So Grammy night has come and gone, with a few big names and a few surprises. British singer Sam Smith was the night’s biggest winner, taking home four awards for Best New Artist, Best Pop Vocal Album, Song of the Year and Record of the Year.
“Just a quick one,” said Smith, during his third acceptance speech, “I want to thank the man who this record is about, who I fell in love with last year. Thank you so much for breaking my heart because you got me four Grammys!”
One of the night’s other big stars was Pharrell, nominated for 6 awards and winning three for Best Urban Contemporary Album, Best Music Video and Best Pop Solo Performance. The presentation of the big Hip Hop awards took place at the pre-show ceremony, with two key foci. Firstly, Kendrick Lamar won his first two Grammys for his song “i”, taking home Best Rap Performance and Best Rap Song. Seen by many as having been robbed for the 2014 Best Rap Album award, K-Dot fans were elated, lighting up Twitter at the beginning of our live tweet.
KENDRICK WINS!!!!!!!!!! GO KENDRICK!!!!!!!!! FINALLY!!!!!!!!!!!! #Grammys
— Chidike Okeem (@VOICEOFCHID) February 8, 2015
The other Rap award that fans were watching was Best Rap Album which I correctly predicted would go to Eminem for The Marshall Mathers LP 2. The majority fan response seemed to be two-fold: happiness that Iggy Azalea didn’t win for The New Classic and disappointment that Em did win, with many expressing that they didn’t remember/listen to MMLP2. I personally like the album, which was released November 5, 2013, narrowly missing the deadline for 2014 Grammy consideration. Though not as good as the other works for which he’s received the award, I maintain that it was a clear winner above the other five albums nominated this year. The album was also host to this year’s Best Rap/Sung Collaboration, “The Monster”, featuring Rihanna. Hov and B’s “Drunk in Love” took home two awards for Best R&B Song and Best R&B Performance and while she didn’t win Album of the Year (more on that in a moment), Beyonce did take home Best Surround Sound Album (what the hell…?) for her self-titled release.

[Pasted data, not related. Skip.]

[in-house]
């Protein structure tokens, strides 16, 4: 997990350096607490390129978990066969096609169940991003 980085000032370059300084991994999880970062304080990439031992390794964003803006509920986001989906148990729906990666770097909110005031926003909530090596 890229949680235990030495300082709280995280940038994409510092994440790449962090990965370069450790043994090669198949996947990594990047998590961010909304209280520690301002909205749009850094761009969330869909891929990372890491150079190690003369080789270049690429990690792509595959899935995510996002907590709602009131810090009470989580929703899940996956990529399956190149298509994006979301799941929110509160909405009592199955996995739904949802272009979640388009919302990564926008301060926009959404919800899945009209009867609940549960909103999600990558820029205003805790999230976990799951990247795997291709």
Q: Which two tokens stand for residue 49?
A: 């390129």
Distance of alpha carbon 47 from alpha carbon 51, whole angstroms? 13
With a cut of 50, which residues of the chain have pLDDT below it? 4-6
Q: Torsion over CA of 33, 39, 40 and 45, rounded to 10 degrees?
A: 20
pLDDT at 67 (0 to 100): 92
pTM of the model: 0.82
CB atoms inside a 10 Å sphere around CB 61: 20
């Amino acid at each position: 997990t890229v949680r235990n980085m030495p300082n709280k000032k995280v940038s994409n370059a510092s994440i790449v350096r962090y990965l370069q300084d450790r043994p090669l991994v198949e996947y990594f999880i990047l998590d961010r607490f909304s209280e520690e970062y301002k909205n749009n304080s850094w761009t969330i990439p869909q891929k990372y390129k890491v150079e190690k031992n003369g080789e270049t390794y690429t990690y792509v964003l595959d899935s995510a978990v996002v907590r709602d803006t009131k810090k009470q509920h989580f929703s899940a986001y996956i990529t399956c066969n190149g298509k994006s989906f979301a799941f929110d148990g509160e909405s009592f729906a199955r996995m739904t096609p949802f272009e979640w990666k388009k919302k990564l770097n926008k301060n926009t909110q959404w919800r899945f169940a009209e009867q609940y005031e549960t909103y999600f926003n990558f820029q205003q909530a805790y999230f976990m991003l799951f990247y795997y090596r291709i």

Click here for a full list of winners and nominees.
The Grammys went with an interesting format of back-to-back performances all night long, giving audiences a double dose of what they really want and overall I thought they hit. “FourFiveSeconds” was perhaps the biggest moment of the night, trending worldwide halfway through the song. I personally think the song is a little over-hyped – it’s good, I like it, I’m just not as in love with it as much as the Twittersphere was on Sunday night. It’s really a matter of the bigness of the collaborators than the song itself though I must say watching Sir Paul say “I’m about four five seconds from wilding…” is truly a Grammy great. I’ll also go on record as saying that Kanye is pretty much unnecessary on the song; McCartney could do his parts and better. No Kanye hate here (for the moment), I know he was probably a big part of writing the song but it just seems like it’s more a McCartney-Rihanna collaboration.
I enjoyed the Sam Smith-Mary J Blige duet of the Record and Song of the Year, Smith’s “Stay with Me”, but the team-up that I thought was unbelievable was Hozier and Annie Lennox doing “I Put a Spell on You”. I was as shocked as anyone by Lennox’s show-stealing, good ole fashioned Rocking, definitely my favorite of the night, though Jeff Lynne doing “Mr. Blue Sky”, accompanied well by a genuinely star-struck Ed Sheeran, comes in as a close second. Though I could have done without the Shia LeBeouf poetry (?) intro, I liked the originality of the Sia “performance” with Maddie Ziegler and Kristen Whig subtly dressed as the Australian singer (#WhiginaWig). Pharrell hit an equally strange chord in his orchestral collaboration with Chinese pianist Lang Lang of “Happy”, which won for the award Best Music Video. His outfit, which can only be described as a bellhop uniform, made for some amusing descriptions on the interwebs.